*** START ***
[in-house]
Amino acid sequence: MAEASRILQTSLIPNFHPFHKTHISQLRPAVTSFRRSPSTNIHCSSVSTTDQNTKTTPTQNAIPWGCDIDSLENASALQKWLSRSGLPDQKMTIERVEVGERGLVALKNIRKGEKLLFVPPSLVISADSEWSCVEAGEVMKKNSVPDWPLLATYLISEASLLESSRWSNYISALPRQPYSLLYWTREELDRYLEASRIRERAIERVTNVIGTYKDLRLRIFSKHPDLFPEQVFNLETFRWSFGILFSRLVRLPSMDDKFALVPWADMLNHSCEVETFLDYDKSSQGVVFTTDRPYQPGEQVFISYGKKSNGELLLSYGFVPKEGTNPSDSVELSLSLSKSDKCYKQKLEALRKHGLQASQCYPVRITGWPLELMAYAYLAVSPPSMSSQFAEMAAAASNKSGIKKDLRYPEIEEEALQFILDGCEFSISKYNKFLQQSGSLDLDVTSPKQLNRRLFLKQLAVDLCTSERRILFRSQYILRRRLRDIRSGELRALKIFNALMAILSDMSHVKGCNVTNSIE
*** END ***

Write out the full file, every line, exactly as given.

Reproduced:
[in-house]
Amino acid sequence: MAEASRILQTSLIPNFHPFHKTHISQLRPAVTSFRRSPSTNIHCSSVSTTDQNTKTTPTQNAIPWGCDIDSLENASALQKWLSRSGLPDQKMTIERVEVGERGLVALKNIRKGEKLLFVPPSLVISADSEWSCVEAGEVMKKNSVPDWPLLATYLISEASLLESSRWSNYISALPRQPYSLLYWTREELDRYLEASRIRERAIERVTNVIGTYKDLRLRIFSKHPDLFPEQVFNLETFRWSFGILFSRLVRLPSMDDKFALVPWADMLNHSCEVETFLDYDKSSQGVVFTTDRPYQPGEQVFISYGKKSNGELLLSYGFVPKEGTNPSDSVELSLSLSKSDKCYKQKLEALRKHGLQASQCYPVRITGWPLELMAYAYLAVSPPSMSSQFAEMAAAASNKSGIKKDLRYPEIEEEALQFILDGCEFSISKYNKFLQQSGSLDLDVTSPKQLNRRLFLKQLAVDLCTSERRILFRSQYILRRRLRDIRSGELRALKIFNALMAILSDMSHVKGCNVTNSIE